CHOOSING YOUR SKATES
How you choose your skates will depend on what you'll be using them for. There are four overarching categories within the quad skating family: recreational skating, skatepark skating, dance skating and Derby skating, bearing in mind that these can all be combined and fused: dancing AND skatepark skating, dancing AND recreation skating.
Skating: inside or outdoors?
Derby skating is often practiced indoors, as is dance quad skating. For dancing, all the skates available on Nomadeshop are sold with outdoor wheels, but there's nothing stopping you from buying indoor wheels too. Note that on dancing skates, the inside wheels are generally smaller and harder.
Recreational quad skates
For those of you interested in recreational quad skating, where you'll be hitting the streets and squares every now and then, go for an entry-level skate (€69 to €99) that will offer easy gliding and a comfortable experience.
When it comes to recreational skating, go for a trainer or sneaker style: this is comfier than dancing skates that have a heel similar to figure-skating skates. Brands Rio Roller , Fila and Rookie offer excellent value for money. You can expect a good fairly solid frame, good quality wheels and ABEC 7 bearings (ABEC is the precision ball bearing tolerance grade). The important thing is that the shoe feels right. The best thing to do is try things out, but if you can't make it in to see us, you can order on the nomadeshop.com website and return your item(s) if necessary. In the range just above recreational skates is Chaya Derby Jump or skates customised using your own trainers (make sure not to pick a pair with air cushions in the sole so the screws don't damage them when it comes to assembly).
On dance quad skates you'll find an artistic boot and a slightly raised little heel. This means less comfort as the shoe will be tighter, but much more responsiveness, sensitivity and precision.
In terms of affordable dance skates, Rookie Classique skates tick all the right boxes. They feature aluminium frames, quality wheels and ABEC 7 bearings. In the same range albeit a notch above come the Rio Roller Figure skates. These skates are similar to recreational skates, with a slightly tweaked boot shape for extra comfort and hold. In the high-end category is Chaya Lifistyle Elite with its designs that have different names depending on their colours: Peach & Cream, Grape Soda Violet, Sea Foam Dream. These feature the same basic essentials as with Chaya Derby Jump: fairly large urethane wheels, a composite frame, a fairly chunky Chaya stopper.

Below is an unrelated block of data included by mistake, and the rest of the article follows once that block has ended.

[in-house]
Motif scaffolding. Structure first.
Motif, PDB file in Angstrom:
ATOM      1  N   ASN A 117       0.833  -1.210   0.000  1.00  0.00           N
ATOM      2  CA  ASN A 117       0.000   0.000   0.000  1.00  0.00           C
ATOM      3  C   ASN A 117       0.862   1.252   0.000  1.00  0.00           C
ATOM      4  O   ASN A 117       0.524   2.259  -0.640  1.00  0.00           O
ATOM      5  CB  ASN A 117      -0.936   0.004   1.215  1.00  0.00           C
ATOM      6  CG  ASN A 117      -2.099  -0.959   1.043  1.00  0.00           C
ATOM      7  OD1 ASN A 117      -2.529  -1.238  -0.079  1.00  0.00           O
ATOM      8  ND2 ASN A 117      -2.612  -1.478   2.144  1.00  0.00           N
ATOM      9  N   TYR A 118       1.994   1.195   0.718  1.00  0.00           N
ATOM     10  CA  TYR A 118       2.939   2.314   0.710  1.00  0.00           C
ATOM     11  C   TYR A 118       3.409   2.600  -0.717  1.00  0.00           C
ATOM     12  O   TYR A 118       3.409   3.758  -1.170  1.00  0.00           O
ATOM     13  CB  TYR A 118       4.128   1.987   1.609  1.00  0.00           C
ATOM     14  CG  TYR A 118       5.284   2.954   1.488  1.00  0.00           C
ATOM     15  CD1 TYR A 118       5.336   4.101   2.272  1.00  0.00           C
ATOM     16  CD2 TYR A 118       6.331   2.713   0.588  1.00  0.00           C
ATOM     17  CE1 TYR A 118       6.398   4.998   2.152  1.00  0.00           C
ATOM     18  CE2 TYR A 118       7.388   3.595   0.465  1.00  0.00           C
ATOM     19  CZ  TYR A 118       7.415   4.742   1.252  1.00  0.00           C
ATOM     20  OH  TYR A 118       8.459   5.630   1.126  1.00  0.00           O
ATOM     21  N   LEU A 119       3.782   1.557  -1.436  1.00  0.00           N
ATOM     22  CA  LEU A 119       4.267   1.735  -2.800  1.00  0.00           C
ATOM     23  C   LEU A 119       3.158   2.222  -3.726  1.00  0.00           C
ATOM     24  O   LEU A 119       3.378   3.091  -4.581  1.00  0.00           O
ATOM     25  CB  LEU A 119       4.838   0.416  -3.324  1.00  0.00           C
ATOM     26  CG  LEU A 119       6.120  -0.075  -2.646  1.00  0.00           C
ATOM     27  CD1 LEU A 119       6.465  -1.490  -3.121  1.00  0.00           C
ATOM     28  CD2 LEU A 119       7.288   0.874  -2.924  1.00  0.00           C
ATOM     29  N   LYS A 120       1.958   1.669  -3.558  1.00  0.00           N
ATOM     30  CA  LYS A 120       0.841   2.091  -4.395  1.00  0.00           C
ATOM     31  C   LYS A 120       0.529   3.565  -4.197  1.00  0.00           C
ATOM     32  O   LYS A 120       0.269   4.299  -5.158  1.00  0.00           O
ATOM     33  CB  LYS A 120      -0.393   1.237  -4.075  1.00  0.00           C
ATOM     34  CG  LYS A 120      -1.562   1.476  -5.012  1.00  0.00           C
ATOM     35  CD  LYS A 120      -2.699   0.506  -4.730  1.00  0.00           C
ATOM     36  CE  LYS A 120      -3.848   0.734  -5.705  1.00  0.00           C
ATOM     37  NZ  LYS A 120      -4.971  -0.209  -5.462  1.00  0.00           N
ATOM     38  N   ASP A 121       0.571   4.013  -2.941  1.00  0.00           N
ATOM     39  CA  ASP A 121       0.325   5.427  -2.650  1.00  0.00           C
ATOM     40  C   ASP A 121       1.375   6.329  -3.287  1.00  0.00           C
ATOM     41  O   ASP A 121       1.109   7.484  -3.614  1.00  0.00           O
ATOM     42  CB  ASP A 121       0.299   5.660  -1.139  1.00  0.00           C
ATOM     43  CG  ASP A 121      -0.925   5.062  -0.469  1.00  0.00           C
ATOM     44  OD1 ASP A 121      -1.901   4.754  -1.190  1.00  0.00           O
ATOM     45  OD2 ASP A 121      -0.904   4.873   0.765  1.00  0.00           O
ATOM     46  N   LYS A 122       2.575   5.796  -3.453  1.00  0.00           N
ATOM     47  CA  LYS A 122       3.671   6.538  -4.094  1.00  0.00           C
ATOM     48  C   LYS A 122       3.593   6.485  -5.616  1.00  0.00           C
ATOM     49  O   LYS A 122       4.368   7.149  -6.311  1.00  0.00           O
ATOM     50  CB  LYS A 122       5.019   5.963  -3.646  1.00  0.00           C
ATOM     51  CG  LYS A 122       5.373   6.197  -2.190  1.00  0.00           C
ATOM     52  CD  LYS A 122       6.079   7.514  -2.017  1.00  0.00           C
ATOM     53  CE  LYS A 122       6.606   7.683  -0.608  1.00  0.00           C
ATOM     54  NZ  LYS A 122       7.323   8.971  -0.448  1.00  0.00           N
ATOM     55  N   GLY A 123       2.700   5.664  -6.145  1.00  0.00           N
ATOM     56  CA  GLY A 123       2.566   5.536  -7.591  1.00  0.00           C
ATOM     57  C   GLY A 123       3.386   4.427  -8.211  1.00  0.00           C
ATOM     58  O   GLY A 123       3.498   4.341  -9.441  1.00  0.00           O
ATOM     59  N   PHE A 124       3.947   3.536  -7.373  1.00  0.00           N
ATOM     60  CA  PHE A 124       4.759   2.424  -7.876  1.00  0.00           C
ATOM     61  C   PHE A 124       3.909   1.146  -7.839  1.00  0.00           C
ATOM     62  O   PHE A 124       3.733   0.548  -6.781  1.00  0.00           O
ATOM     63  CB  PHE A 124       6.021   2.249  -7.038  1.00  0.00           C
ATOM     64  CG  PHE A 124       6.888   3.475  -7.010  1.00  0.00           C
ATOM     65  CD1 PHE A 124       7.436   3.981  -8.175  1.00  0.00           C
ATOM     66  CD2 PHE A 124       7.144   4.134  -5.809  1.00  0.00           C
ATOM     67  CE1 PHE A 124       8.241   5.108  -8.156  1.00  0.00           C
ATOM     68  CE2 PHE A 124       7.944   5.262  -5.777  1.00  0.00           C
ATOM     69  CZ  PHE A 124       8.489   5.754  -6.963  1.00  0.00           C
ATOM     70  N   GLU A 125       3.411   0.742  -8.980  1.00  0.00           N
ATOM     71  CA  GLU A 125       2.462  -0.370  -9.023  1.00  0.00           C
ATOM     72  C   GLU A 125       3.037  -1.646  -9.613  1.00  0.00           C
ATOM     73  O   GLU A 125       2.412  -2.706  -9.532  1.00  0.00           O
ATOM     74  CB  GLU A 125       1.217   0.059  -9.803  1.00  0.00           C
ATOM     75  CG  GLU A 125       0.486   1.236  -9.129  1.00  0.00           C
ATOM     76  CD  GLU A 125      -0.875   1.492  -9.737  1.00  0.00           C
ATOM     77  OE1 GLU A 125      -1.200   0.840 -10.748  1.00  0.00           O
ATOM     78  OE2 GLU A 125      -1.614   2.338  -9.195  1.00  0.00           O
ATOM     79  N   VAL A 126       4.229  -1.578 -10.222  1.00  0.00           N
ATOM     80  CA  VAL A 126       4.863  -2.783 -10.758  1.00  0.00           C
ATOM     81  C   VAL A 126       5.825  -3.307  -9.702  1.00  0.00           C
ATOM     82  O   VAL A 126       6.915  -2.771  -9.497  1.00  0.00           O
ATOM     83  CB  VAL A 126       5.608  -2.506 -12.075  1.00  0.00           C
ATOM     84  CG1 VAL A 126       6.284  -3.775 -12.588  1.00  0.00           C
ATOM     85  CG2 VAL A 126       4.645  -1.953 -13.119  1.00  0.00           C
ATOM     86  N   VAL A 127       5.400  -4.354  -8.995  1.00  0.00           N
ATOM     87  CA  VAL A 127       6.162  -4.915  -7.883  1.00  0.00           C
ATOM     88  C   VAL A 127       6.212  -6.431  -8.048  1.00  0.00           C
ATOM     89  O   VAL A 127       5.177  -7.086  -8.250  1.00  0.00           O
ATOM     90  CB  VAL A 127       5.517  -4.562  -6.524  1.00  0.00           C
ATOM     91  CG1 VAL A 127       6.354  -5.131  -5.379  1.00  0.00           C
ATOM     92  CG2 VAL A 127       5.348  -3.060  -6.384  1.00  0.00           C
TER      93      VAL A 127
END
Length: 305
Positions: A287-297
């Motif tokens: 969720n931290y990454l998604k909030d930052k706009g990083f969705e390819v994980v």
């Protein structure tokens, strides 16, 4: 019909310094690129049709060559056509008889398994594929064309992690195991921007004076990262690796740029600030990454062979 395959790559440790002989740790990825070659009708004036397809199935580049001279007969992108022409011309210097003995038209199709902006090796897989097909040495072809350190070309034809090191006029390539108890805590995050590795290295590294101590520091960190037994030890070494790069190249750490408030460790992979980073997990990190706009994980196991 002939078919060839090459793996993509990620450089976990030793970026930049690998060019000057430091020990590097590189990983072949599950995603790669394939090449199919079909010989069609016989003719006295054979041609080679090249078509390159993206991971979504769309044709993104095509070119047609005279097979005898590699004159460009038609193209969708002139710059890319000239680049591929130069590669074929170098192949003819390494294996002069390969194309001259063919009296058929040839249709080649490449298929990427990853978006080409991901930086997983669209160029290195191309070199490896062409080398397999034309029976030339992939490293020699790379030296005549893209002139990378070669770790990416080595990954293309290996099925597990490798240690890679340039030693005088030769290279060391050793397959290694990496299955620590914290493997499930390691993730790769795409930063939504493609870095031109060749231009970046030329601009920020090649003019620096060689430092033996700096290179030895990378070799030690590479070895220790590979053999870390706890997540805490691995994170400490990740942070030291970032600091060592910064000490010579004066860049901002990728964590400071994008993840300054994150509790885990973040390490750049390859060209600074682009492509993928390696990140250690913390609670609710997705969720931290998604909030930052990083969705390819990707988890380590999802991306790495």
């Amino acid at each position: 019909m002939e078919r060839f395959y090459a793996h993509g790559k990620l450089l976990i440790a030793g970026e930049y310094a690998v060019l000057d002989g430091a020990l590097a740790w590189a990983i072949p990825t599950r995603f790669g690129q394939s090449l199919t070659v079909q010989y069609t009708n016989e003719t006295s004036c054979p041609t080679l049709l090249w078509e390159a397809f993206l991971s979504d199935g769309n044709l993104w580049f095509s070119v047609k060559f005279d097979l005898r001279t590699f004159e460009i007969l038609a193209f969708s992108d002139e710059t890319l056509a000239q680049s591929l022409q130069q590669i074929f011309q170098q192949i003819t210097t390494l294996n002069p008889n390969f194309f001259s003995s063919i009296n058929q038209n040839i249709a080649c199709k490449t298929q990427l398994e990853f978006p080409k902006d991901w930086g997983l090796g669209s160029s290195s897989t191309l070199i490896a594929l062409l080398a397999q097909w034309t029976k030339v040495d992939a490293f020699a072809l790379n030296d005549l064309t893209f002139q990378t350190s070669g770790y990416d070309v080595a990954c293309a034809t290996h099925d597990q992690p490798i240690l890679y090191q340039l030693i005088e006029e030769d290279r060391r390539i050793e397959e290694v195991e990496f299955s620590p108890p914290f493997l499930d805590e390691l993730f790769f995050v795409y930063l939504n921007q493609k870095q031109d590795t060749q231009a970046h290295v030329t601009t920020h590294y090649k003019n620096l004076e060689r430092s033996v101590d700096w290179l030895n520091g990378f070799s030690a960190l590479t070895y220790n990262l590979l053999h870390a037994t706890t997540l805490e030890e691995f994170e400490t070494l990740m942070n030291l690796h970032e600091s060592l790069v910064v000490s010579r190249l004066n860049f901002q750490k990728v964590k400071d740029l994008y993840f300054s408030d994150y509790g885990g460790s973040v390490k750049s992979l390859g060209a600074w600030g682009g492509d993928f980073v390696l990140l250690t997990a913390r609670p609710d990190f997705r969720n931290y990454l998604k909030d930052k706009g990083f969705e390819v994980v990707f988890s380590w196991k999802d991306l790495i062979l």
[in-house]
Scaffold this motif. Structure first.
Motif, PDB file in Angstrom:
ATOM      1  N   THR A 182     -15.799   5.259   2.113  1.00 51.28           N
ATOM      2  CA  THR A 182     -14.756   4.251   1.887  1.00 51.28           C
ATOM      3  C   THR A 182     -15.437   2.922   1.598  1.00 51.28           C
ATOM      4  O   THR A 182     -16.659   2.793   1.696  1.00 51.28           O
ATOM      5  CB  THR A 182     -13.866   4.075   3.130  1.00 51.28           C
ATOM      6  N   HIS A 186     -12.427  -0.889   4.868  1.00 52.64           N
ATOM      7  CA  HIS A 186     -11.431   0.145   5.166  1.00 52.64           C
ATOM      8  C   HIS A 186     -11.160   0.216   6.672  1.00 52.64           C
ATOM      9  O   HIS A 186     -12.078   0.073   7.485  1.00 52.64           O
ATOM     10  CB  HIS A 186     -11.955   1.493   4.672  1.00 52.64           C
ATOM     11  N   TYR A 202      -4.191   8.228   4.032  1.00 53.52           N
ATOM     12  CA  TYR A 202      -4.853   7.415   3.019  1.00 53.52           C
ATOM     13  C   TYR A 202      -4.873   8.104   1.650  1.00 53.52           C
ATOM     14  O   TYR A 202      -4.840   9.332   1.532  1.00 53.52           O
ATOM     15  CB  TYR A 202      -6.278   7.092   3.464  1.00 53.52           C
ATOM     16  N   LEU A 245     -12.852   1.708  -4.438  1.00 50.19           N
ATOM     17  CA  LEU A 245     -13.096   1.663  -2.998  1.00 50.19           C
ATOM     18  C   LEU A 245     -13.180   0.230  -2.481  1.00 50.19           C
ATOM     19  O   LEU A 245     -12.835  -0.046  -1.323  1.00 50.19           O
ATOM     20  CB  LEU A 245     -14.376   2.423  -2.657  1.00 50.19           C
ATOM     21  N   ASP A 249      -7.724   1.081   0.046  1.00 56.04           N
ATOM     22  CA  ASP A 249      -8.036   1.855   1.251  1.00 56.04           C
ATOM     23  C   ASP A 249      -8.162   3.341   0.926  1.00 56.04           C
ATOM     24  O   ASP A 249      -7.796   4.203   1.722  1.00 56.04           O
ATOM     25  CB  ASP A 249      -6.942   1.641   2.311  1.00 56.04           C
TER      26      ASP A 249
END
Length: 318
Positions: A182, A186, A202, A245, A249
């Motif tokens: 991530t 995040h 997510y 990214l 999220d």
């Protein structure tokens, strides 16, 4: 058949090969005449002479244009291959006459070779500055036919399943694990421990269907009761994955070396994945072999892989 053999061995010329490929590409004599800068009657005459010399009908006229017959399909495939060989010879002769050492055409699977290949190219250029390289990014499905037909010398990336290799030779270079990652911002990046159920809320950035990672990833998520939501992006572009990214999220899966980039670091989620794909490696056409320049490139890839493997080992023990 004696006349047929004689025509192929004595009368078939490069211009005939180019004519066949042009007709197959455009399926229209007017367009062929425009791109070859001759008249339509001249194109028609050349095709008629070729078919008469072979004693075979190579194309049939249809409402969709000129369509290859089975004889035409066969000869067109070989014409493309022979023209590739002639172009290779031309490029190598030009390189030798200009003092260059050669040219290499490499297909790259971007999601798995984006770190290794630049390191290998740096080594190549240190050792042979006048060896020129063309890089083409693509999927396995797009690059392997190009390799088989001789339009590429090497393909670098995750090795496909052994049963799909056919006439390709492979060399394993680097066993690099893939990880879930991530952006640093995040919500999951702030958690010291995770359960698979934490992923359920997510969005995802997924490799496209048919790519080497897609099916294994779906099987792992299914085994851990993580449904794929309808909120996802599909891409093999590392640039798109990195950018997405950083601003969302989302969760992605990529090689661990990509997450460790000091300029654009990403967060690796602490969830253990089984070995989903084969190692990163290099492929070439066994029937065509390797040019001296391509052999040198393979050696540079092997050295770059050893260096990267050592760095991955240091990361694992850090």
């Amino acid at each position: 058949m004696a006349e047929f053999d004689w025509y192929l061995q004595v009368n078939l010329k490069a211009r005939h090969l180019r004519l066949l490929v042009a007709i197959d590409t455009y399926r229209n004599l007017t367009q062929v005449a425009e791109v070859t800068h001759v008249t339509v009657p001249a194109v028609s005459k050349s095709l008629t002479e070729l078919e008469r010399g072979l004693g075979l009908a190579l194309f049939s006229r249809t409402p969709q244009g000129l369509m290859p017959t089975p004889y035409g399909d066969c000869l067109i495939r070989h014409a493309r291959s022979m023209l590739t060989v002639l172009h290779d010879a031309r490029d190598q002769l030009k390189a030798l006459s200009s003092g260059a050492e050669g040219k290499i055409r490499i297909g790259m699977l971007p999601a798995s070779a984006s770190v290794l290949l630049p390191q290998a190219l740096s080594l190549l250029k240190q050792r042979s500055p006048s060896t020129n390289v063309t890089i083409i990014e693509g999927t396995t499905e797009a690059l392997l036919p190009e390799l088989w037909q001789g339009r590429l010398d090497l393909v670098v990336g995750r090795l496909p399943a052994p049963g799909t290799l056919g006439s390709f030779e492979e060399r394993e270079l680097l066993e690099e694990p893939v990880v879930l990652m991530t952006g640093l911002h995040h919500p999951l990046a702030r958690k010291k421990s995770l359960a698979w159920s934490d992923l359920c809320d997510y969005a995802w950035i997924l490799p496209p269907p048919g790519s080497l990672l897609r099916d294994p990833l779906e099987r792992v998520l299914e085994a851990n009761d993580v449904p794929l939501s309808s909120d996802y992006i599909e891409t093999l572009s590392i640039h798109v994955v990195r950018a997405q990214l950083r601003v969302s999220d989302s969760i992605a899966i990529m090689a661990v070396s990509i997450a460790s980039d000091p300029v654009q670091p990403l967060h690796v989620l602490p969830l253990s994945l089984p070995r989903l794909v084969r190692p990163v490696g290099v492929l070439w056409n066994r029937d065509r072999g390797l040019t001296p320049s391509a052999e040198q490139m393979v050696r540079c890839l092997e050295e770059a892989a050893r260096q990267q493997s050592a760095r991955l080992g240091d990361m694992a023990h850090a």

Derby skating is a sport in its own right, in which two teams go head to head on an oval-shaped track. Each team is made up of a jammer (with a star on their helmet) and four blockers. To score points, the jammer needs to get past the other team's blockers without falling to the ground or skidding off the track.
If you're interested in roller derby, you'll need skates with inside wheels. Sometimes you'll find 'hybrid' wheels in the Derby skates category: these work both indoors and outdoors. Derby skates are characterised by relatively low-cut boots with short frames. Semi-high boots are best suited to experienced riders.
In terms of derby skates, we have items from the Riedell brand: R2 with outdoor wheels and R4 with indoor wheels, bearing in mind that the premium version comes with protective parts at the toes and a tool. Safe choices in Derby skates include models such as Chaya Ruby, Chaya Sapphyre and JR1200 VANTAGE from Jackson. The advantage of the Jackson Derby skates is that they are suitable for intermediates and beginners alike, because they come pre-assembled, but without the wheels. That means you can buy replacement wheels that are best suited to your level, bearing in mind that these skates cost €129.90.
Quad skating at skateparks
Aggressive skating is generally associated with inline skate styles. But quad skaters often take to skateparks, bowls and ramps, too.
Among the best models for spinning tricks is the full skatepark quad skate AGRESSIVE PRO 4 from Roces, featuring a plastic aggressive skate boot, a frame with a groove (a piece of plastic between the two wheels that allows you to slide, and get grip on rails). You can also hit the skatepark with dancing skates from Chaya: you can even add a groove!
For skaters who already know how to quad skate at a solid level, you're best bet is to go with pre-assembled skates with high quality frames, wheels and shoes (Chaya Derby Jump), or to assemble your own pair. To create a pair of customised quad skates, you'll need to drop into our store and choose your parts (frame, wheels, bearings, screws, brake). You'll need to bring suitable footwear with a smooth, fairly thick sole that's as stiff as possible.
A basic set-up will cost around €130 (shoe not included), with this price rising to up to €400: in some designs, the frames alone will set you back €200.
You'll find all our quad skates and tips online, and at our Paris store: just ask the team. Head over to!